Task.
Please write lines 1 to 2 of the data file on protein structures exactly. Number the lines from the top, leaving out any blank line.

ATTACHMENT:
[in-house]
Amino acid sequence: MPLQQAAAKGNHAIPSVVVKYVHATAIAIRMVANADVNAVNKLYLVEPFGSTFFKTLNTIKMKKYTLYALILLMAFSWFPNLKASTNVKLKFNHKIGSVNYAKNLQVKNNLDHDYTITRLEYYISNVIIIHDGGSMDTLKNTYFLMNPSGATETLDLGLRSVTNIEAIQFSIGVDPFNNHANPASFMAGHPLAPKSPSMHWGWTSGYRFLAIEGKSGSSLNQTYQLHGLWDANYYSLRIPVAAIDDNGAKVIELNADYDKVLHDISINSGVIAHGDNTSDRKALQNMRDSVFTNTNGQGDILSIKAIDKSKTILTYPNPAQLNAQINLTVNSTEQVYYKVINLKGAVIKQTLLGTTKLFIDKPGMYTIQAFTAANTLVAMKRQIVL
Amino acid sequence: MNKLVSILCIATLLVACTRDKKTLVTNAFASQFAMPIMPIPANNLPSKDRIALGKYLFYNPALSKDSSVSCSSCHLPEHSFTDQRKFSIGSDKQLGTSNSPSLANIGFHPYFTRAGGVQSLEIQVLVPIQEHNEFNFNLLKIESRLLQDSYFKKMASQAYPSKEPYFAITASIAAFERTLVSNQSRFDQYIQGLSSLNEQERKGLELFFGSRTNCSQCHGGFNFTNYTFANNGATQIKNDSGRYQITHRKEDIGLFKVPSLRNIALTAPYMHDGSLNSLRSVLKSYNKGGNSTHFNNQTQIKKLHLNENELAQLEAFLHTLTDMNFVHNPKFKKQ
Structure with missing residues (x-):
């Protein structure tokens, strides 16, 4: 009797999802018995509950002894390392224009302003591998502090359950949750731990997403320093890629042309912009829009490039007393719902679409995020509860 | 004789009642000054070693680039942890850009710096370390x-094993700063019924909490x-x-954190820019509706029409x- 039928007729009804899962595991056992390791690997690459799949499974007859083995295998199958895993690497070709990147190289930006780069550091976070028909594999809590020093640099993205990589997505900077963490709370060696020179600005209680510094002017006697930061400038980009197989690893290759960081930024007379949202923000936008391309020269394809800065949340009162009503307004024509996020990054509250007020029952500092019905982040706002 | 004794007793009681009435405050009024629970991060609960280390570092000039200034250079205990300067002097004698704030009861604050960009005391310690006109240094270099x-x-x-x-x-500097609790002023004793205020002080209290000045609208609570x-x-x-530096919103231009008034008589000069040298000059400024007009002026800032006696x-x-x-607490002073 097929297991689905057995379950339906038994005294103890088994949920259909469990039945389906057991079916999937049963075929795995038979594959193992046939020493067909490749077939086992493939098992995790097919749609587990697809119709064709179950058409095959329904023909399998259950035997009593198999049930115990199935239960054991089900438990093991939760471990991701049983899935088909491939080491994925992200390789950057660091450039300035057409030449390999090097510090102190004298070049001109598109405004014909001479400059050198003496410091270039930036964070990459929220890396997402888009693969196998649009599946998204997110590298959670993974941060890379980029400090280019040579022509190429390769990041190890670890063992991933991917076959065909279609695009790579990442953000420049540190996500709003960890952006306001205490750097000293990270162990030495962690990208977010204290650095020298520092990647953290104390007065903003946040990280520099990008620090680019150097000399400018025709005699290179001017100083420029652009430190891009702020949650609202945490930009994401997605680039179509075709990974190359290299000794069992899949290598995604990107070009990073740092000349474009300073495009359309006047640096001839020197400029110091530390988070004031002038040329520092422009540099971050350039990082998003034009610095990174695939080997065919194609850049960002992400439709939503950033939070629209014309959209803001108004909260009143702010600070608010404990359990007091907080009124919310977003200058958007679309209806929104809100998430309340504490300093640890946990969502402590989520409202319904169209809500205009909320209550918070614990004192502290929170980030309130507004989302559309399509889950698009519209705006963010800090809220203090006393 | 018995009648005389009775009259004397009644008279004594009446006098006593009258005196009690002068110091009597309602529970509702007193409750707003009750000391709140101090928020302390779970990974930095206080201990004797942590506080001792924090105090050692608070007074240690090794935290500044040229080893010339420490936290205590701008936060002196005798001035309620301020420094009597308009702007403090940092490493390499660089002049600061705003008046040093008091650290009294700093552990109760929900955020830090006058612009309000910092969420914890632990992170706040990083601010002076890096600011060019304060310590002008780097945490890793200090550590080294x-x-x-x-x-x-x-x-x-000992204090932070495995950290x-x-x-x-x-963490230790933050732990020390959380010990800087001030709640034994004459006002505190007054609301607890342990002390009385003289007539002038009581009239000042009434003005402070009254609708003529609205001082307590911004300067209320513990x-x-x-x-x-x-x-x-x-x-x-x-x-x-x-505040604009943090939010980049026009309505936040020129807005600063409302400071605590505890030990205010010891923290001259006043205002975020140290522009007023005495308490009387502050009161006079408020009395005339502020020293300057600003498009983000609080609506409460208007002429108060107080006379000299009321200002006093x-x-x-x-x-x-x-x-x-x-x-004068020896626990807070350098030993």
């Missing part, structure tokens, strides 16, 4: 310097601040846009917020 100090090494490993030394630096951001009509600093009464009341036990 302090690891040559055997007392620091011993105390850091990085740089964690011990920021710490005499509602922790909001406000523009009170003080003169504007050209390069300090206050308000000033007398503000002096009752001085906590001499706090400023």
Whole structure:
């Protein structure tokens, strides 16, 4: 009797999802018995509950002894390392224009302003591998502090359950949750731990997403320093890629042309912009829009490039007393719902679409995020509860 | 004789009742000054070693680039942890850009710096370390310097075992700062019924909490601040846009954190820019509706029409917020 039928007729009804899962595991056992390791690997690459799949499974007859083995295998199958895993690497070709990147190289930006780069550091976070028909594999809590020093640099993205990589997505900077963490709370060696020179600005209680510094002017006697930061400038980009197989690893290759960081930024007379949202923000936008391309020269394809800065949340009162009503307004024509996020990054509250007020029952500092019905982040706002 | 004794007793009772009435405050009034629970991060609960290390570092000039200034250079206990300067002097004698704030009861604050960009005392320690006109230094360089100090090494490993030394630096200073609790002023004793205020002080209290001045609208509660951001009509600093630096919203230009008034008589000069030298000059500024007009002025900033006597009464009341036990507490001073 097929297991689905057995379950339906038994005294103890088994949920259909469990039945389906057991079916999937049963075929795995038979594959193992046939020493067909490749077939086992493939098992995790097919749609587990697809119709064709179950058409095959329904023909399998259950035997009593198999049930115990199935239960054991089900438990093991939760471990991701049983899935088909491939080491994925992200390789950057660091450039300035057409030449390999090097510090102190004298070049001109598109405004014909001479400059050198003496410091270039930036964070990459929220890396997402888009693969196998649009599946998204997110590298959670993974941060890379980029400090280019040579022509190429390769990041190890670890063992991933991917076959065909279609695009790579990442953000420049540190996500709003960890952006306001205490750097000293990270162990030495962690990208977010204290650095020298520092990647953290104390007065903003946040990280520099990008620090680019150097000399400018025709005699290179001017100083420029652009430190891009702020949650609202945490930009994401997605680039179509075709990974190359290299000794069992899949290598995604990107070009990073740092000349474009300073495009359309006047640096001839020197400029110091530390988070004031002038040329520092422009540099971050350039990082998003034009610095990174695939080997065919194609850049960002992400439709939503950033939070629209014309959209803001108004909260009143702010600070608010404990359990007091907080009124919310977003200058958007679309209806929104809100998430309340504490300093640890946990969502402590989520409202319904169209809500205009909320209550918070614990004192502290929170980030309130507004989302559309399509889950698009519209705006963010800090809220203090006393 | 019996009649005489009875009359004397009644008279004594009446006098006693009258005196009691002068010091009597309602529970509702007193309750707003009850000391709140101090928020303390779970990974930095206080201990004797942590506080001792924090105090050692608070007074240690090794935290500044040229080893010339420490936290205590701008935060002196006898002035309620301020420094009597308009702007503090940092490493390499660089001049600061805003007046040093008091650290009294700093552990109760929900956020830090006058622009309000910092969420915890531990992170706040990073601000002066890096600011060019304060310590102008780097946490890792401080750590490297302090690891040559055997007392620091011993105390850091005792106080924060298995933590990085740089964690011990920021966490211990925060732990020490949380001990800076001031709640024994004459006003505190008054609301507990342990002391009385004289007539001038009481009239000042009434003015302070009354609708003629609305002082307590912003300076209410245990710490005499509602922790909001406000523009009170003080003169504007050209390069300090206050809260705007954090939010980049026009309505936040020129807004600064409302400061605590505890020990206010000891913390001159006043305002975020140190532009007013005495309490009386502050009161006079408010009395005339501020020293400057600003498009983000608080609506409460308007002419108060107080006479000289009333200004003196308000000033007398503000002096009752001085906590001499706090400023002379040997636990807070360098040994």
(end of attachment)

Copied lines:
[in-house]
Amino acid sequence: MPLQQAAAKGNHAIPSVVVKYVHATAIAIRMVANADVNAVNKLYLVEPFGSTFFKTLNTIKMKKYTLYALILLMAFSWFPNLKASTNVKLKFNHKIGSVNYAKNLQVKNNLDHDYTITRLEYYISNVIIIHDGGSMDTLKNTYFLMNPSGATETLDLGLRSVTNIEAIQFSIGVDPFNNHANPASFMAGHPLAPKSPSMHWGWTSGYRFLAIEGKSGSSLNQTYQLHGLWDANYYSLRIPVAAIDDNGAKVIELNADYDKVLHDISINSGVIAHGDNTSDRKALQNMRDSVFTNTNGQGDILSIKAIDKSKTILTYPNPAQLNAQINLTVNSTEQVYYKVINLKGAVIKQTLLGTTKLFIDKPGMYTIQAFTAANTLVAMKRQIVL